As Pueblo school strike looms, Colorado Springs teachers union forging new deal
Author: Debbie Kelley, The Gazette - May 7, 2018 - Updated: May 7, 2018
COLORADO SPRINGS — As teachers in Pueblo City Schools prepare to strike on Monday, Colorado Springs’ only collective bargaining educators’ union is close to ratifying a new master agreement for next school year.
There’s no strike expected – teachers in Colorado Springs School District 11 haven’t gone on strike since 1975.
Electronic voting will conclude at noon Tuesday for the Colorado Springs Education Association’s 1,800 members who work in D-11, said the association’s president, Kevin Vick.
Months-long contract negotiations were “very productive” this year, he said.
While specifics won’t be released until members agree to the terms, Vick said outstanding issues from previous years were addressed, such as stipends for teachers doing additional work outside of the contract, as well as raises and increases to benefits.
The combination of last November’s voter-approved property tax increase for D-11 residents, along with a larger-than-expected buy down of state education debt led to a “particularly good year,” Vick said, in terms of the offer.
Nationwide, teachers in West Virginia, Oklahoma, Kentucky and Arizona have walked out of classrooms this year, demanding more pay and money for education from lawmakers.
Colorado teachers held three rallies last month at the state Capitol, also calling for more education funding from lawmakers. The last drew so many teachers that many districts were forced to cancel classes for the day.
“The power of having 14,000 educators together to share their challenges about funding and how inadequate funding affects students was great,” said Phyllis Robinette, who as chair of the Pikes Peak Education Association represents 27 local educator groups.
“Classroom sizes have grown over the years, many teachers don’t have enough materials, they’re spending their own money on supplies, they don’t have the assistants they need to help with special-needs kids,” she said. “I was so touched and moved by all the different layers that have impacted the way we do right by our kids.”
It’s been 43 years since teachers in D-11 walked out of classes for about a week and marched in picket lines during a bona fide labor action. They were upset about not receiving the proper respect and recognition as a partner in the district, according to Vick.
As with Pueblo School District 60 teachers, the discontent also was about salaries.
Both sides eventually reached a settlement.
Since then, D-11 teachers, administrators and school boards have been able to work out their disagreements and prevent a union strike and lost classroom time for students.
“Maintaining open communication” between all parties and building “a solid professional relationship” have been the keys to successful negotiations, Vick said.
“We in all cases try to collaborate; it’s one of our main philosophies,” he said. “We balance taking a strong stand for teachers and making sure that you’re not needlessly antagonizing.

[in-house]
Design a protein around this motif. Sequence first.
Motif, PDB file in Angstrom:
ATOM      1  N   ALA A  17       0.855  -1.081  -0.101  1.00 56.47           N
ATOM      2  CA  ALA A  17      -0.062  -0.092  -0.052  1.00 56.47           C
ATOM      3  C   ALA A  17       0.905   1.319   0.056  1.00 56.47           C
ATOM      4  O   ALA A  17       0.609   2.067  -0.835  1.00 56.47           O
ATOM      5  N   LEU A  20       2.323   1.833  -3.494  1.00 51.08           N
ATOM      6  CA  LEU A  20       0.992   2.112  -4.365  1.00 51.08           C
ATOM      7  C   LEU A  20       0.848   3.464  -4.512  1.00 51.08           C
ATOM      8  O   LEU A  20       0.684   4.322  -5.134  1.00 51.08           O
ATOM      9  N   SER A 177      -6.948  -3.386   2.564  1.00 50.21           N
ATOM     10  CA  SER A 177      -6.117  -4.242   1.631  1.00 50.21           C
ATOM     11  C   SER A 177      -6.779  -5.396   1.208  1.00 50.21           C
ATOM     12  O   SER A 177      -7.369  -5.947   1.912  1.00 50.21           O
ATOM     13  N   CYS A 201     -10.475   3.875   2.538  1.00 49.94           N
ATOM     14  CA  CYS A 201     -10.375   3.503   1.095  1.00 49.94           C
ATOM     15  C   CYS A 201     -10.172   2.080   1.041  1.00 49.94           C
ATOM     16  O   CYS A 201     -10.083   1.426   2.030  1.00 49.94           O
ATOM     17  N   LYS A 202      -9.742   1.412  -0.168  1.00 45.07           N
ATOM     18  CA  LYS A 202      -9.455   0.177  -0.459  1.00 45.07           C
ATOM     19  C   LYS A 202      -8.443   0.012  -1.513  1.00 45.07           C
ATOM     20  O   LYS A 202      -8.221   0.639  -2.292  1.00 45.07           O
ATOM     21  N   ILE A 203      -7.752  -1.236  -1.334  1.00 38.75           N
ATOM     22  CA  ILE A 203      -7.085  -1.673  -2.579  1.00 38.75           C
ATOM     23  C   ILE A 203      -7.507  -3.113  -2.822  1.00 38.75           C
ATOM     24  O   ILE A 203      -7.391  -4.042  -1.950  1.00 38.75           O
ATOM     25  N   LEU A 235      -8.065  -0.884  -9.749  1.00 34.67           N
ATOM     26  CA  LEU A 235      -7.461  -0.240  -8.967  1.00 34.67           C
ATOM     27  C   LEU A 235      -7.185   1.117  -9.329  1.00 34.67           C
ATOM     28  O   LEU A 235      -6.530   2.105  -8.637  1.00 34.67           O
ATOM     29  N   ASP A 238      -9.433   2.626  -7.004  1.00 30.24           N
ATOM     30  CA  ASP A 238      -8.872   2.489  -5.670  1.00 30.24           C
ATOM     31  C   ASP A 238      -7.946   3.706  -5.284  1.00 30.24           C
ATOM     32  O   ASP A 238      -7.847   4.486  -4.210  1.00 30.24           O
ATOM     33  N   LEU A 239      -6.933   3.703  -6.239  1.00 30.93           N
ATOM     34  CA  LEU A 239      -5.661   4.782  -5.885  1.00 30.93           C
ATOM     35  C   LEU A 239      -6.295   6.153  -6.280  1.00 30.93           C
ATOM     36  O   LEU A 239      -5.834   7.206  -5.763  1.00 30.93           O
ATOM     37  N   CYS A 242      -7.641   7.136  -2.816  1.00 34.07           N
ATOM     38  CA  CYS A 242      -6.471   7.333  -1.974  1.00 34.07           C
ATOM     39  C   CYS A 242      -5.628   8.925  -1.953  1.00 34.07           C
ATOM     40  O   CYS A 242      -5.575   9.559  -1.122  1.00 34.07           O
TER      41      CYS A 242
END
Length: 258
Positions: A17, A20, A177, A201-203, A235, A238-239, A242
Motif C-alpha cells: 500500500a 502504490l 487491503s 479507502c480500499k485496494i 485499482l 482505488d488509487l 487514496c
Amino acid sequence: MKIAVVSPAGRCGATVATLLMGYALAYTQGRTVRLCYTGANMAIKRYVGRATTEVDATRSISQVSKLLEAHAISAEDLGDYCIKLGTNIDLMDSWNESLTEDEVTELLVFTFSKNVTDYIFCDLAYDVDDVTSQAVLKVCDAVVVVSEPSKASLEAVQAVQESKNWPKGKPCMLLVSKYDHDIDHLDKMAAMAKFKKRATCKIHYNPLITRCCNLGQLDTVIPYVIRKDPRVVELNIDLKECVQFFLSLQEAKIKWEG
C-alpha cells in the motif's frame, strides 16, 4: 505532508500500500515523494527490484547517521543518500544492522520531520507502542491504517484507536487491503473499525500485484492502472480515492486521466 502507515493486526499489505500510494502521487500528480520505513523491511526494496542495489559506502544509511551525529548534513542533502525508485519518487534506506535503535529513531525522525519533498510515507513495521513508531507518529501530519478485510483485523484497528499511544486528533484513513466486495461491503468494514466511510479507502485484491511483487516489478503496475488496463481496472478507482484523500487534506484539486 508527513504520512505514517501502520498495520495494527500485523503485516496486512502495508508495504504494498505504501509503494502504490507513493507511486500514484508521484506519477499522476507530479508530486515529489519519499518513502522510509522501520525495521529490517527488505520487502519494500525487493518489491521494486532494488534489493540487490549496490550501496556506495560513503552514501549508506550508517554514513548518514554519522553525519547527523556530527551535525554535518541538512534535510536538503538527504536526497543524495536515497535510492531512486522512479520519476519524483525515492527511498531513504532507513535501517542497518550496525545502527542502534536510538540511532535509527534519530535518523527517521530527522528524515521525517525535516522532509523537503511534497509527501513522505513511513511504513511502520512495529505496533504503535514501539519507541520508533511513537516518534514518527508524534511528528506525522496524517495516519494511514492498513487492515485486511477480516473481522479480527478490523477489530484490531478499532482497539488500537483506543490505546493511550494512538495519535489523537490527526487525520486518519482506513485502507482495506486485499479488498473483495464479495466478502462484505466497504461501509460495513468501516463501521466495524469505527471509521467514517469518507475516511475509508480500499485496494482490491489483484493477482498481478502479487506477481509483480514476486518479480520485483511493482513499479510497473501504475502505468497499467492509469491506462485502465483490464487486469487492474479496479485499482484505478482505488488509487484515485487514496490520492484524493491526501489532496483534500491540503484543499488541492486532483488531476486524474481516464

“Even when we were in our extremely difficult financial situation, we had a sense we were struggling together.”
The situation and concerns of Pueblo teachers are different, Vick added.
D-11 board member Elaine Naleski said good leadership in both the union and the district have created a viable working relationship in D-11.
“When you have that, there’s no need for a strike,” she said.
A previous board wanted to bust the union, Naleski said, which could have ended in a strike. But the administration and the union were able to avoid a walkout.
What sets D-11 apart from the region’s 16 other public school districts is that it has a master agreement that’s renegotiated annually and that includes compensation.
Other local teachers’ associations are professional membership organizations, in which members usually don’t go on strike because they don’t have the collective bargaining clout behind them to be effective.
The Woodland Park Education Association in Woodland Park School District RE-2 has a master agreement and annually discusses issues with district representatives in a mediated format, said President Anna Thompson.
That normally happens in November, after the state’s official October pupil count, which determines state funding for public schools.
But there are no negotiations, and salaries are not part of the deal. Compensation is based on the district’s budget, not an agreement between the association and district leadership.
Policies involving teachers and updates to state laws are among the issues discussed.
Much of what the association does is provide professional resources for teachers, Thompson said, such as information on student loans.
“We attempt to be professional representatives for all staff,” Thompson said. “We’re teachers in the district that staff can go to if they have questions or concerns, and provide resources for their professional development.”
In Harrison School District 2, a Collaborative Decision Making Team examines issues including compensation each year, but doesn’t negotiate, said spokeswoman Christine O’Brien. The discussions result in an Agreement of Trust and Understanding with salaries and benefits, calendars and work schedules, and other matters addressed.
Discussions now are in the works as to “what increases staff might receive, with our board of education taking a look at different scenarios in light of current funding and budget updates from the state and the district,” O’Brien said.